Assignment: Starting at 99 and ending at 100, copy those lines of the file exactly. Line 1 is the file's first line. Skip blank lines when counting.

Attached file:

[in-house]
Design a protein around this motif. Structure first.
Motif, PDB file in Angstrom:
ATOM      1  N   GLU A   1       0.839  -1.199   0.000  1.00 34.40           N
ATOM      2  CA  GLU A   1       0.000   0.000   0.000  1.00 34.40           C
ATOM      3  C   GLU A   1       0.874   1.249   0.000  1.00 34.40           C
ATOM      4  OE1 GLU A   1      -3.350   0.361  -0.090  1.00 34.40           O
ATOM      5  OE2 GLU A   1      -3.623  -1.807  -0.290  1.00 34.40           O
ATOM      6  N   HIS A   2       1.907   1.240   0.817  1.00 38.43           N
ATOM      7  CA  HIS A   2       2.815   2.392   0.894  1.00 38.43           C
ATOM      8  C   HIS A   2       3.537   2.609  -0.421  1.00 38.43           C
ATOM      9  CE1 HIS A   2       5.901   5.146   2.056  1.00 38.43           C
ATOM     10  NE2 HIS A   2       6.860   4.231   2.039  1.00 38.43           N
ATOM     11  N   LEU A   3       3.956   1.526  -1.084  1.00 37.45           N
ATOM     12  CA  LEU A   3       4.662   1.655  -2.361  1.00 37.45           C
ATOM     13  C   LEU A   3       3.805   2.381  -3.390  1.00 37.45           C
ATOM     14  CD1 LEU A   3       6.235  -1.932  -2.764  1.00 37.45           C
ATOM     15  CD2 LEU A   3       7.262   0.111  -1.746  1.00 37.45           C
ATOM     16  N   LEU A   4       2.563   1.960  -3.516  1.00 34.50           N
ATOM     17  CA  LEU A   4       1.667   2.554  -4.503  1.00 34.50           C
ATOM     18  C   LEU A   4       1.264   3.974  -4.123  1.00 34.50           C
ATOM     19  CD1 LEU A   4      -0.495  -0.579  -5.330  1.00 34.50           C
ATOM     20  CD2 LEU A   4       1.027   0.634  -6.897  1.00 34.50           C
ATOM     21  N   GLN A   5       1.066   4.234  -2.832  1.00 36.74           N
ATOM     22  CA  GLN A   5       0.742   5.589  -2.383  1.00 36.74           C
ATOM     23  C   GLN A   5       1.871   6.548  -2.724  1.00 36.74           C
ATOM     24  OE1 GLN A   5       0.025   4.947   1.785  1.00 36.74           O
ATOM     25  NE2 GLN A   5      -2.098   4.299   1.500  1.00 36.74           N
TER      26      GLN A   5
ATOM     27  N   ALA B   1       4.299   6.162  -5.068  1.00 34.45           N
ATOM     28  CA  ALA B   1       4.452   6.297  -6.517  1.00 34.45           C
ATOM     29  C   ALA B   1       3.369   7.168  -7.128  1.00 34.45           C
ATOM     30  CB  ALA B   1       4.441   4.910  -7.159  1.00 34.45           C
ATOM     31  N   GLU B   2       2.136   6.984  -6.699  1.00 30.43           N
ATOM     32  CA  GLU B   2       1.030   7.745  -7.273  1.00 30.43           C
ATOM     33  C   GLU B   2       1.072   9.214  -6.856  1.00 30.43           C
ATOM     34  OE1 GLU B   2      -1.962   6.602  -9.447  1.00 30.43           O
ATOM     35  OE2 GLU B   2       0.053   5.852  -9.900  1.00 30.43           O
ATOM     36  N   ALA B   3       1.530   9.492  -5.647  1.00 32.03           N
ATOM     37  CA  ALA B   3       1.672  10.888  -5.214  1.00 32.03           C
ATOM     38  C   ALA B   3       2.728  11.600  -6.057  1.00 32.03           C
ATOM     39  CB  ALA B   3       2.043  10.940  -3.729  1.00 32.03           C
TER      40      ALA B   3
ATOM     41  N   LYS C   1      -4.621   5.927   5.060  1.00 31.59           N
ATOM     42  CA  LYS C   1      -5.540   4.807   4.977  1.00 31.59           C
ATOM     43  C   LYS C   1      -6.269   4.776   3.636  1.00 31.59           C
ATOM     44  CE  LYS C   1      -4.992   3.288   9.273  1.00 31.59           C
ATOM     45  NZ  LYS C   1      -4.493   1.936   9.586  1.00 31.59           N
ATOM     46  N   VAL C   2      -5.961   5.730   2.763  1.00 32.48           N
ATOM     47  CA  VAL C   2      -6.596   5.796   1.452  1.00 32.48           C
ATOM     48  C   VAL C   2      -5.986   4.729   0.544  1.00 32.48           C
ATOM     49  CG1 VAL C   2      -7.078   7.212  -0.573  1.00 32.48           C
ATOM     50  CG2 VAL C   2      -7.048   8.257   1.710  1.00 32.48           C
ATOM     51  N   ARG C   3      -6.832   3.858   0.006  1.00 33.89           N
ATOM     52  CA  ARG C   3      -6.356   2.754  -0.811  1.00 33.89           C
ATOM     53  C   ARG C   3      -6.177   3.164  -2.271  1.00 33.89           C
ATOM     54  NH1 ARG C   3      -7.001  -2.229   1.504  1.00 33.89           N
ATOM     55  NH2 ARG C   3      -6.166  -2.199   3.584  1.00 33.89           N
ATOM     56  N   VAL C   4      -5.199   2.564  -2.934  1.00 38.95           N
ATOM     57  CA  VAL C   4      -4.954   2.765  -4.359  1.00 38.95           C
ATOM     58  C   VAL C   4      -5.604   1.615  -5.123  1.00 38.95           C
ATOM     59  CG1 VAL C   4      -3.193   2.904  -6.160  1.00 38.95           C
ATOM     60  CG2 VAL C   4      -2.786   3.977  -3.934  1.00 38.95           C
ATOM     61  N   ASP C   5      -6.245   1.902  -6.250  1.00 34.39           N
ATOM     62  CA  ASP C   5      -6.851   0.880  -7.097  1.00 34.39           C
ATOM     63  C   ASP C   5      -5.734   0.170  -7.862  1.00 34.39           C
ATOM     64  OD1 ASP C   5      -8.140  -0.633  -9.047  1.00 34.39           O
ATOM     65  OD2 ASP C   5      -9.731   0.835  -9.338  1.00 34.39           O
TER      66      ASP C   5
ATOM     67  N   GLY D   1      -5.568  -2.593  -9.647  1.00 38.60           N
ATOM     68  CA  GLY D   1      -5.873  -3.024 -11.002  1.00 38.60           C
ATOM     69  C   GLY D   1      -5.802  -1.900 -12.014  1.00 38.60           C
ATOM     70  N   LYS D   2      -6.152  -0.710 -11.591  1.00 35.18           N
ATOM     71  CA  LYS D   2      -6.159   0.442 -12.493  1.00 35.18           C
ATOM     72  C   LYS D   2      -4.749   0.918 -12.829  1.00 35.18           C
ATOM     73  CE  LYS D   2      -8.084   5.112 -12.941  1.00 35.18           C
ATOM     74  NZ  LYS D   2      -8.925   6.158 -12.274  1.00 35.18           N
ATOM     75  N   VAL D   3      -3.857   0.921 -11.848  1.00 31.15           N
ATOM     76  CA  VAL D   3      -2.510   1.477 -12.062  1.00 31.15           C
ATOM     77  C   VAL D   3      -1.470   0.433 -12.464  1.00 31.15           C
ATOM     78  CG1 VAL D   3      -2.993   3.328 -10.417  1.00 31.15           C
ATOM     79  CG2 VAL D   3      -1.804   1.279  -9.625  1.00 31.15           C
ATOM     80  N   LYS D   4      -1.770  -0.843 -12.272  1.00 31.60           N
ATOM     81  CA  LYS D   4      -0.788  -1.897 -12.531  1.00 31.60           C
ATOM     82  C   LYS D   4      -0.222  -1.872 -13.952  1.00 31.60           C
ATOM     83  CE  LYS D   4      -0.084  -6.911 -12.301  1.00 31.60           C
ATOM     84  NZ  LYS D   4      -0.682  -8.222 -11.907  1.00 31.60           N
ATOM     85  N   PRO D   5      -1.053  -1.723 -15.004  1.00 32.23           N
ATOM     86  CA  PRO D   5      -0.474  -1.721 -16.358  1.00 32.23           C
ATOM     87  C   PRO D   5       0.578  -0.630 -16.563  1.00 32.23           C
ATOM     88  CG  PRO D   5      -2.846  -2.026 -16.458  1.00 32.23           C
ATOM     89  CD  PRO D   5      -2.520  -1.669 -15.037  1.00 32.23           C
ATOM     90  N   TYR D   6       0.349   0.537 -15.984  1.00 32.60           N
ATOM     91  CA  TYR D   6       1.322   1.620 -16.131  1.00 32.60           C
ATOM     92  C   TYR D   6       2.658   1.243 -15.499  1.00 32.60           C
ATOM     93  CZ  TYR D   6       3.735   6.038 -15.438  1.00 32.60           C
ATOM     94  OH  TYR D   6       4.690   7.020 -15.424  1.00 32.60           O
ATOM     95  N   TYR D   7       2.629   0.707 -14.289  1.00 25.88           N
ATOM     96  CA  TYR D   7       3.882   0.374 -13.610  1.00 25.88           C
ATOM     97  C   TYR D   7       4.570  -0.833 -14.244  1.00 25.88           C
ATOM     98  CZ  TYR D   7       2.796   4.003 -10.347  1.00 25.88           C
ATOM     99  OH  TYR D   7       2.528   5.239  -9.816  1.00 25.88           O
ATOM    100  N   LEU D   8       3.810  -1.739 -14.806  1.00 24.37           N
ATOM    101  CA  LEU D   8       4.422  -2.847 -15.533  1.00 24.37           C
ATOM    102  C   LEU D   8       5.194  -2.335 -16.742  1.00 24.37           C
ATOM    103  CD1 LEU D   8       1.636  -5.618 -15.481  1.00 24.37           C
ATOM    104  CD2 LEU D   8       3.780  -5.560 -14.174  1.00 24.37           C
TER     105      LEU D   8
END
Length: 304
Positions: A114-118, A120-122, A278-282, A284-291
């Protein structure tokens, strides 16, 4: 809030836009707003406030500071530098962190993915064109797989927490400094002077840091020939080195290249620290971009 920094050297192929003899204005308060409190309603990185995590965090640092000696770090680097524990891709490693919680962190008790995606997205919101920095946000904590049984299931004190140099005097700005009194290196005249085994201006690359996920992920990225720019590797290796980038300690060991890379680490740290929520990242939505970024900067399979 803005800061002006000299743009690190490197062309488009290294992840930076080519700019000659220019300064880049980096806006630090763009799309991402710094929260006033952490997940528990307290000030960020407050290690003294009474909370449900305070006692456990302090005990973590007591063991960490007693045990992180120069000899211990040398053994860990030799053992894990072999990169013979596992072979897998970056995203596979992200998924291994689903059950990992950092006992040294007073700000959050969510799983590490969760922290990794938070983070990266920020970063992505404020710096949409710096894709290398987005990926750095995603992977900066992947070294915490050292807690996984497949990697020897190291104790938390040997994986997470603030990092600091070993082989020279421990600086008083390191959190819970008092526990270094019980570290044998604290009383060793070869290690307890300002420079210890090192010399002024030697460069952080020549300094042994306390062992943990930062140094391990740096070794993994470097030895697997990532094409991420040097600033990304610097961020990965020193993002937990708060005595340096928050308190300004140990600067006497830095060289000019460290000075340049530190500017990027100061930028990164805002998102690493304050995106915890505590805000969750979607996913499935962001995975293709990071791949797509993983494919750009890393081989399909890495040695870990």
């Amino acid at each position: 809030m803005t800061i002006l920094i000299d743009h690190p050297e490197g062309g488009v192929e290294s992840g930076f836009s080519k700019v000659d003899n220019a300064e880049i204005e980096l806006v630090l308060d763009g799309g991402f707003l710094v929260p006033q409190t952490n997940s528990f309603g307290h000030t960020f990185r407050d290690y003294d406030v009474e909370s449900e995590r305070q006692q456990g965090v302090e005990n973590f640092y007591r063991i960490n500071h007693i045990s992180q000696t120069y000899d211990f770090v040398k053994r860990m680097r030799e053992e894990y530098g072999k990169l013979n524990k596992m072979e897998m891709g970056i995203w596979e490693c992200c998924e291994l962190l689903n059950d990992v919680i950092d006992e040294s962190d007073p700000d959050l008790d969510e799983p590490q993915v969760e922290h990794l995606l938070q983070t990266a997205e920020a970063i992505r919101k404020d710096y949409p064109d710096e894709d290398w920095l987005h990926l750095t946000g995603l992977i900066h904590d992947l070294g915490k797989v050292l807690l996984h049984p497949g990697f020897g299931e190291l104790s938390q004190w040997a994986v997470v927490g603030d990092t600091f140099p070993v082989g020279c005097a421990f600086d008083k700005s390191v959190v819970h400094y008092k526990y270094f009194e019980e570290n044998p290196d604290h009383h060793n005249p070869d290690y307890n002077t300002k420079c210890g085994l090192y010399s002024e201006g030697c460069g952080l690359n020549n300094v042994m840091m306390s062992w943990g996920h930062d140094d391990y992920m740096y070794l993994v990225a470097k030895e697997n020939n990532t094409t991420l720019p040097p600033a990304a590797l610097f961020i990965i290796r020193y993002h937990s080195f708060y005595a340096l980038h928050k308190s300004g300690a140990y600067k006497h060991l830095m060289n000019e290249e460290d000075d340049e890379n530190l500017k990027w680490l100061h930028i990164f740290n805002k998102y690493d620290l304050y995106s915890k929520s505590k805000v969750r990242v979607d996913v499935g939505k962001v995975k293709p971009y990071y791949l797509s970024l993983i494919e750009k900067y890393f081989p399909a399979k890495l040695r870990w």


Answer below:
ATOM     96  CA  TYR D   7       3.882   0.374 -13.610  1.00 25.88           C
ATOM     97  C   TYR D   7       4.570  -0.833 -14.244  1.00 25.88           C